Sabine Vogler, head of the pharmacoeconomics department at the Austrian National Public Health Institute, stated that pharmaceutical companies prioritize launching new medicines in countries with higher income and willingness to pay. These countries tend to be in Europe, such as Portugal and Greece, while countries in Southern and Eastern Europe may have to wait two or three years before the medicines become available.
When introducing a new medication, corporations prioritize releasing it in the countries with the highest potential profit, usually the biggest and most affluent ones. The governments in these countries establish a publicly known reference price. However, this price is then reduced through private negotiations where a hidden discount is arranged. The cycle repeats with each subsequent country, utilizing the public reference price as a baseline.
In summary, negotiations are extended over a period of time, and nations with less desirable markets are placed at the end of the queue.
The issue for the pharmaceutical industry is not the pursuit of money, but rather the excessive amount of documentation required to secure government reimbursement for a new drug.
“The process of applying for [negotiating a drug] is lengthy,” states a report released by the pharmaceutical industry group EFPIA, which examines the main reasons behind delays in the distribution of medications. “Each country has specific requirements, including the creation of a customized document in the local language and adherence to local regulations.”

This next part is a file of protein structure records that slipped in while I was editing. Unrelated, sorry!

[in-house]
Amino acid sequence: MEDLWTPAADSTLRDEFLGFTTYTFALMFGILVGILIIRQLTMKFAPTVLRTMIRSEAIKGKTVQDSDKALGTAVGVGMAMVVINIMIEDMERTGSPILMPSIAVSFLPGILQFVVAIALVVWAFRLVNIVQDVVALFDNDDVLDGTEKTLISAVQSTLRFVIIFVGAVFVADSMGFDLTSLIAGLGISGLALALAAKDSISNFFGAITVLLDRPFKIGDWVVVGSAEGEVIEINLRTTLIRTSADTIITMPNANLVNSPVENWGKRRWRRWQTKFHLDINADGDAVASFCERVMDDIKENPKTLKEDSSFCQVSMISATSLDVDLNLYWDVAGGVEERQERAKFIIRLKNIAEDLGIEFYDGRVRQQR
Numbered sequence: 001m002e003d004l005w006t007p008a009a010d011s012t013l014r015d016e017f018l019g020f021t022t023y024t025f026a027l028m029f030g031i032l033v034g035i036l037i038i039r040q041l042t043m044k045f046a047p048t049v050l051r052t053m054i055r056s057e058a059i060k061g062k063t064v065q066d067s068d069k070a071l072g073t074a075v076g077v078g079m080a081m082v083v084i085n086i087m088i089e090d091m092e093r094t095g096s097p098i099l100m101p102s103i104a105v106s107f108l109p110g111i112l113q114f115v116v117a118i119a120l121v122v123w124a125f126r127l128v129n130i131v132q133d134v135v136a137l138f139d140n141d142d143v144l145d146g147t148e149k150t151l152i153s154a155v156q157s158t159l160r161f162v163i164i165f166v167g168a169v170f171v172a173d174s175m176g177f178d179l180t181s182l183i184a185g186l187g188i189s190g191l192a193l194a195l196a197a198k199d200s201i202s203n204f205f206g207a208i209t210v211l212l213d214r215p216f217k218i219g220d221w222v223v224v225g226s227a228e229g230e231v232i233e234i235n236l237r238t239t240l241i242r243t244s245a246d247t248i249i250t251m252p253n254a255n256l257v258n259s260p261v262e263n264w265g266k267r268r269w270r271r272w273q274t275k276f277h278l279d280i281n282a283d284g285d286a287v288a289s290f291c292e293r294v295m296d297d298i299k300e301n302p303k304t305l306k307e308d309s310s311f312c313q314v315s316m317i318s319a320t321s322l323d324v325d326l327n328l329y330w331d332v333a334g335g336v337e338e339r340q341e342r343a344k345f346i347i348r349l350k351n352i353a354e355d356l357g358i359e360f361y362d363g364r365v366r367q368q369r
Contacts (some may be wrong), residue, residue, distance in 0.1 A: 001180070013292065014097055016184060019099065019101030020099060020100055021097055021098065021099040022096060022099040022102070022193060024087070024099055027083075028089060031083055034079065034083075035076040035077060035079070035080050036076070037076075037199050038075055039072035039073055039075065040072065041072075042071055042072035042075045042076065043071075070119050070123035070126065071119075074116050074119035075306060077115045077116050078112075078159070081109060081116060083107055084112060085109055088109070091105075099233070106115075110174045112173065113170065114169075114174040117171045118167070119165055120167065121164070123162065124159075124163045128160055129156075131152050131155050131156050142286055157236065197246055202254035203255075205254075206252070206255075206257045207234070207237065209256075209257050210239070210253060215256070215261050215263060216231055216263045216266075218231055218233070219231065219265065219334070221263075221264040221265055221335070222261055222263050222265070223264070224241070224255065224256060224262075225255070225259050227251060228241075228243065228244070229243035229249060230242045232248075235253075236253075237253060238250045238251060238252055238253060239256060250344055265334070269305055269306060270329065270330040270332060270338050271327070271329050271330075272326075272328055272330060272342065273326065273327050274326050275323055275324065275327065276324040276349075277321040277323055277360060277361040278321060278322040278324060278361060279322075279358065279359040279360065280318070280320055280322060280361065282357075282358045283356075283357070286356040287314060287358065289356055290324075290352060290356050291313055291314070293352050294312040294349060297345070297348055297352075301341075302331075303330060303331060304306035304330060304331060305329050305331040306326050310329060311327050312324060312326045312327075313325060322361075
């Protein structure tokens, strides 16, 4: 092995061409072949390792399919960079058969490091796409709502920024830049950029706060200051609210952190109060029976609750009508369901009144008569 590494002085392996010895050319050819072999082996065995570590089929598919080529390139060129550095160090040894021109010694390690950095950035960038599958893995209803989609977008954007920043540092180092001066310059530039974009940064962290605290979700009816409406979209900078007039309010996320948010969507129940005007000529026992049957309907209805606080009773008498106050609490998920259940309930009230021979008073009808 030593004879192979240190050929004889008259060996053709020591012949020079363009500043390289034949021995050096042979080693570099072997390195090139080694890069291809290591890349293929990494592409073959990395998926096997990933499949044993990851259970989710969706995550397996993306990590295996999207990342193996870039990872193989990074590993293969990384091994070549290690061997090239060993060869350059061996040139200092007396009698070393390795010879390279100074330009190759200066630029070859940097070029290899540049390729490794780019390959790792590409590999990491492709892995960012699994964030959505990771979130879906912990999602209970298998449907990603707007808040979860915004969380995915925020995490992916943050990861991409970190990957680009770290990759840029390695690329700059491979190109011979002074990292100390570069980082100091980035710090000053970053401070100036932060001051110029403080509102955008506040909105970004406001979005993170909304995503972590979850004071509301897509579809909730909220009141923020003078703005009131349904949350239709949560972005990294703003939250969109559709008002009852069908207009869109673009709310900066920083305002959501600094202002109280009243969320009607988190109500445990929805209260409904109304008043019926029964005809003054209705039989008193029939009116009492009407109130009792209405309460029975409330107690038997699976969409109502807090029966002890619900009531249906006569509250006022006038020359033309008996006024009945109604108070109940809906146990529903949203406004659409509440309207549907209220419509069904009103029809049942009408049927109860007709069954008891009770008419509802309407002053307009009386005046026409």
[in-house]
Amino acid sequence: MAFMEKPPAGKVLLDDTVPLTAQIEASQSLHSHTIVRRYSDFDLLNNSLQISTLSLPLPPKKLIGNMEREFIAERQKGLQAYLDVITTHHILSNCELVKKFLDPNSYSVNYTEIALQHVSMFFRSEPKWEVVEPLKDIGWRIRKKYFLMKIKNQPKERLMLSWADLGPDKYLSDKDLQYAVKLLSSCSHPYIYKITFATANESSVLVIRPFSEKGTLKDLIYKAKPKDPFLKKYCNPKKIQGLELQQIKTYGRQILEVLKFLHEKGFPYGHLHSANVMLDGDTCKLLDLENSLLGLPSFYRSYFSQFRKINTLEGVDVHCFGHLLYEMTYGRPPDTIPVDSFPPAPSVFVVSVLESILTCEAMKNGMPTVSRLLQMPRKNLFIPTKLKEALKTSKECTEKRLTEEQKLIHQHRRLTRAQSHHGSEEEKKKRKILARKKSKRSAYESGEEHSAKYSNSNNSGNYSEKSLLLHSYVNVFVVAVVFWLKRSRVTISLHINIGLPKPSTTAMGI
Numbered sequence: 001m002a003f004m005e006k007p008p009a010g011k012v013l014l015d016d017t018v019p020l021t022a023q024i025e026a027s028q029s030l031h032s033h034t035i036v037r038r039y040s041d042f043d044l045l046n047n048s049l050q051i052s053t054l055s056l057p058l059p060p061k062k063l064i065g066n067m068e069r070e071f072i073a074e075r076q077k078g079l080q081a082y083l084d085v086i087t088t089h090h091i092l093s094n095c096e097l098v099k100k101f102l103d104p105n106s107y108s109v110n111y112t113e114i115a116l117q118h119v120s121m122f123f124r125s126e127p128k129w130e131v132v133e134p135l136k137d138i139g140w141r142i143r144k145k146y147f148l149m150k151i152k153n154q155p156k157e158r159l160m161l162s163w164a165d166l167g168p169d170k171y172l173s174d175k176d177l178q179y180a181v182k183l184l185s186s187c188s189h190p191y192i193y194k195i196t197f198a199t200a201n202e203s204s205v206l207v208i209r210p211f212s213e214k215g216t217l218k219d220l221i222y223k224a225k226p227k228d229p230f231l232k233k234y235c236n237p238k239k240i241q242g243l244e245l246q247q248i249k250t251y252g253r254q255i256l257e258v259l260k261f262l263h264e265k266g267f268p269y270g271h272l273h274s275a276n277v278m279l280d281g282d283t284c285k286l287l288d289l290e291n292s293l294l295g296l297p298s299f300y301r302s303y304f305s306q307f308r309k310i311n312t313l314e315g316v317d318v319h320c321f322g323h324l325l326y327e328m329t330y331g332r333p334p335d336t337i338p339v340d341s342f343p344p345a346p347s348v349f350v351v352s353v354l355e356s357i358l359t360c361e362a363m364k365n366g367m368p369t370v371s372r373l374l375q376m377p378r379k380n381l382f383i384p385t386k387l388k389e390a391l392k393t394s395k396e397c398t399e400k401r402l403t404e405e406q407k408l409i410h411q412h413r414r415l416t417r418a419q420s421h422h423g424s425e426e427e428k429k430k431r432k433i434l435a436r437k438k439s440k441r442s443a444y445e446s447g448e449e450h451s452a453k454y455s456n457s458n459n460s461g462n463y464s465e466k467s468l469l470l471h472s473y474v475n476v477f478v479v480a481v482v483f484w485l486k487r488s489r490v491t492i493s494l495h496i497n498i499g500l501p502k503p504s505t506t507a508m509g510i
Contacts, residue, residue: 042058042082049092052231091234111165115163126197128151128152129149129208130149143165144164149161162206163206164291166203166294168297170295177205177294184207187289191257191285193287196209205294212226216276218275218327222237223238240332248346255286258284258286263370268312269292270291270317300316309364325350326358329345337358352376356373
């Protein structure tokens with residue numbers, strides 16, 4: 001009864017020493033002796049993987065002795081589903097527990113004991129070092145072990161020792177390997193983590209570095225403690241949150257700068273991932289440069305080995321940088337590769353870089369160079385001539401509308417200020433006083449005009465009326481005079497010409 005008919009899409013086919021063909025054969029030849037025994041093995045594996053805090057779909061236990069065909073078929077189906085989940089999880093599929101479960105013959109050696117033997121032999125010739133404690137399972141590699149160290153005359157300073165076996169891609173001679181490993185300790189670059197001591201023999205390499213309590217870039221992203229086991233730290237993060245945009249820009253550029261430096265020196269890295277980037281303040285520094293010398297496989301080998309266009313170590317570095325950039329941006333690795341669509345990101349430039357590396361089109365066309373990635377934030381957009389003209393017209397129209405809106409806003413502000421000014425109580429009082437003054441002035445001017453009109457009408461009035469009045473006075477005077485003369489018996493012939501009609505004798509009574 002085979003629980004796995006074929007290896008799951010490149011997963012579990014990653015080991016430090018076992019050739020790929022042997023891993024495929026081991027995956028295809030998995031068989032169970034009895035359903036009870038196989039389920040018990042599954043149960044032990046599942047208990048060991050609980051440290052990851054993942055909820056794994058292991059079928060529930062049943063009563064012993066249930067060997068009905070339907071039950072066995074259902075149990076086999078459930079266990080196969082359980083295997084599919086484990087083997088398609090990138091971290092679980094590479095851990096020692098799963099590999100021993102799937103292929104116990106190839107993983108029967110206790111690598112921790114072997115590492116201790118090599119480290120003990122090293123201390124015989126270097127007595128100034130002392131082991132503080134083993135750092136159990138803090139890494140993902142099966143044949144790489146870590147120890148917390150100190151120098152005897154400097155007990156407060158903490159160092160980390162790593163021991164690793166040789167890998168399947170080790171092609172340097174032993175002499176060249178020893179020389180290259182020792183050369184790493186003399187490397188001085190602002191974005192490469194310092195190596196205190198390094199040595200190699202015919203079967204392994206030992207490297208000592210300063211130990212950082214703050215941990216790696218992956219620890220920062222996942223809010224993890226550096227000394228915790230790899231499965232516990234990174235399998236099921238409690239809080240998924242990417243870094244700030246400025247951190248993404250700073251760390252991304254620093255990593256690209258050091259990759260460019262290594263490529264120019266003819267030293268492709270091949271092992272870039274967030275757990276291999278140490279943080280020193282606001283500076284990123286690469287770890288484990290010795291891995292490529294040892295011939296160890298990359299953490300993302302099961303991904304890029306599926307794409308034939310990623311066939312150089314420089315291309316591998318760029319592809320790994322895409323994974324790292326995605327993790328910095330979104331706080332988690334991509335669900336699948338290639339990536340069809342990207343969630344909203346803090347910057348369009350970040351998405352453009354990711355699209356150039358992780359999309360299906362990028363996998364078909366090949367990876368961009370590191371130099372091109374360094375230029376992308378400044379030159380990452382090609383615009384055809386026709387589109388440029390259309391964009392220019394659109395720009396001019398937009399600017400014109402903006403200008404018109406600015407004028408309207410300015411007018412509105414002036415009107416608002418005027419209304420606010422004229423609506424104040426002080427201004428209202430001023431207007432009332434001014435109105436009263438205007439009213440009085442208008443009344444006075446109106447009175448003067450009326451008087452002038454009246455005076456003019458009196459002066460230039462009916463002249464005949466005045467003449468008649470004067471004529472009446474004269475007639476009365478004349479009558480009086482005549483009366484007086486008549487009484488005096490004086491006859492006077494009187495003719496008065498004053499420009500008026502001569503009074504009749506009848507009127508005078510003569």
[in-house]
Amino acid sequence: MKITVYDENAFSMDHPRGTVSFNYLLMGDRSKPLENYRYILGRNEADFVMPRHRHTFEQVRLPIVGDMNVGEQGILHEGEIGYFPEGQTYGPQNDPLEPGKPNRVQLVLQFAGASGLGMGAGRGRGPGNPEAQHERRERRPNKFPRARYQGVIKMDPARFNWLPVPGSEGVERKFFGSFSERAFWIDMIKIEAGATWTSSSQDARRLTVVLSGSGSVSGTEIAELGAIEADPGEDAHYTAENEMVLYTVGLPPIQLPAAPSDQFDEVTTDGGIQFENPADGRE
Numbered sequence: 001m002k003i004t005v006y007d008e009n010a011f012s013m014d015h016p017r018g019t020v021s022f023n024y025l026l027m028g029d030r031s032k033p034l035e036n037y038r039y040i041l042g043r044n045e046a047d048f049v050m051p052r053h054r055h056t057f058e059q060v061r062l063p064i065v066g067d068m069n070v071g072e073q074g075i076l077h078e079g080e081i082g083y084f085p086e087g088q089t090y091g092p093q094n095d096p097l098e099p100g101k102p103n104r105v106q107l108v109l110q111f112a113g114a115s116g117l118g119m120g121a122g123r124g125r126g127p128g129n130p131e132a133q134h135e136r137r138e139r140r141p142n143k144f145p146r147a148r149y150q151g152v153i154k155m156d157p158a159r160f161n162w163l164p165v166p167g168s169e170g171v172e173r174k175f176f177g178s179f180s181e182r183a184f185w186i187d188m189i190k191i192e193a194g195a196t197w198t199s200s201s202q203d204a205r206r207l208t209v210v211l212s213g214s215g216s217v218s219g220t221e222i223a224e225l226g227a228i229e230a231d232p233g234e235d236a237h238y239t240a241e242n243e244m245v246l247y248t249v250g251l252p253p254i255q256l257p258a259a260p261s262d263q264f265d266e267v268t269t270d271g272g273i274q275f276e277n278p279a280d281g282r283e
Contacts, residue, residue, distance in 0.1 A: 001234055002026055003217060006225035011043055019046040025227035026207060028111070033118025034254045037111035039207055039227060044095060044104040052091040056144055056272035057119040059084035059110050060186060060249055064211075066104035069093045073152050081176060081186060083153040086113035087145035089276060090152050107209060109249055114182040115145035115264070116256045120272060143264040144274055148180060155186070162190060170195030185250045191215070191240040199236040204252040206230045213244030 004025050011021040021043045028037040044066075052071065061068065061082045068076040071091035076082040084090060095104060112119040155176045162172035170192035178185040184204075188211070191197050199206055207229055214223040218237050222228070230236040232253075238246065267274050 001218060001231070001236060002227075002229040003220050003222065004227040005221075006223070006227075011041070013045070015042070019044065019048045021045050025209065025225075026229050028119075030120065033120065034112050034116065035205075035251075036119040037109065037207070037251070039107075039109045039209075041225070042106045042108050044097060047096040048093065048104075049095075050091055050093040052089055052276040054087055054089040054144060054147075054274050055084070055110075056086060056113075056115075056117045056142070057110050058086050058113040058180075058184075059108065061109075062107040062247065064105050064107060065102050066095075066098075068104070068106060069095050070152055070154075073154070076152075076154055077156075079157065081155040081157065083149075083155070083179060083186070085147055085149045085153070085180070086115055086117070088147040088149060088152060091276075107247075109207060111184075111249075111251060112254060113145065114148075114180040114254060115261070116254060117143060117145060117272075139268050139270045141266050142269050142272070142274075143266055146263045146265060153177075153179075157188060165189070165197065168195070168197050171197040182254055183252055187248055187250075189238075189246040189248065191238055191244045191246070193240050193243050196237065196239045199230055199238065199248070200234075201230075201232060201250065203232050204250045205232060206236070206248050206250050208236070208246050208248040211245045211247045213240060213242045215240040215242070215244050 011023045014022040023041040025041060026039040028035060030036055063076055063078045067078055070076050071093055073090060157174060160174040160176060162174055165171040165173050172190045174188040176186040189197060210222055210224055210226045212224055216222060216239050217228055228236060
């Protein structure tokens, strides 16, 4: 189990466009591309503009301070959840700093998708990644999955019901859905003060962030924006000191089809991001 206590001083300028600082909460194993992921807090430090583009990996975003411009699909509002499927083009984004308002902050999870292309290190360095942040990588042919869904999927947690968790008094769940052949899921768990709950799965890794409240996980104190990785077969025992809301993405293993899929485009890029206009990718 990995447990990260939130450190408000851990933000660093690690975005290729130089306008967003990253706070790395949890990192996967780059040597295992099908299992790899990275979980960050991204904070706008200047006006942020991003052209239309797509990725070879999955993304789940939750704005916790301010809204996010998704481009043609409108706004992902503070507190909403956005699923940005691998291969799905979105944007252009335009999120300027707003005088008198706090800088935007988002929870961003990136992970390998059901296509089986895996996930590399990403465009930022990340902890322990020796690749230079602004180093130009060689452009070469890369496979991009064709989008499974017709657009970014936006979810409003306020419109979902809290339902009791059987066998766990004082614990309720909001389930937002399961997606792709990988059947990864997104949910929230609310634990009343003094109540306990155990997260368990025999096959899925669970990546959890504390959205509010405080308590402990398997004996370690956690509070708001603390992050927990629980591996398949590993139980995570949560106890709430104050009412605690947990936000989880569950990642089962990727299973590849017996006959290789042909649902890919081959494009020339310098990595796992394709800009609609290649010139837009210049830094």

The European Union’s Transparency Directive sets a maximum time limit of 180 days for countries to make a decision on the cost of a medication. However, in reality, there are “clock stops” that pause the countdown when regulators and government agencies request additional data from companies.
This can have a cumulative effect. An examination of the average time it takes for personalized cancer drugs to be approved for payment in five countries found that Denmark has a decision-making process of just over four months. In Poland, which has the poorest performance, it takes 30 months.
The right fix?
Several solutions are currently being implemented. The Joint Health Technology Assessment, also known as JHTA, will generate a unified evaluation of new medications for the entire European Union. This will aid countries in determining appropriate pricing, as opposed to the current process of creating separate assessments for each of the 27 member nations. The initial joint assessment is projected to be completed in 2025.
Some countries have formed regional alliances, like the Beneluxa group which includes Belgium, the Netherlands, Luxembourg, Austria, and Ireland, to collectively purchase medications. This makes it easier for drug companies to negotiate and gives the buyers more leverage.
However, the most ambitious solution so far is the pharmaceutical reform proposal by the European Commission. Given that there has been strong opposition from industry groups to the plan of implementing bloc-wide launches, European lawmakers will face a challenging task.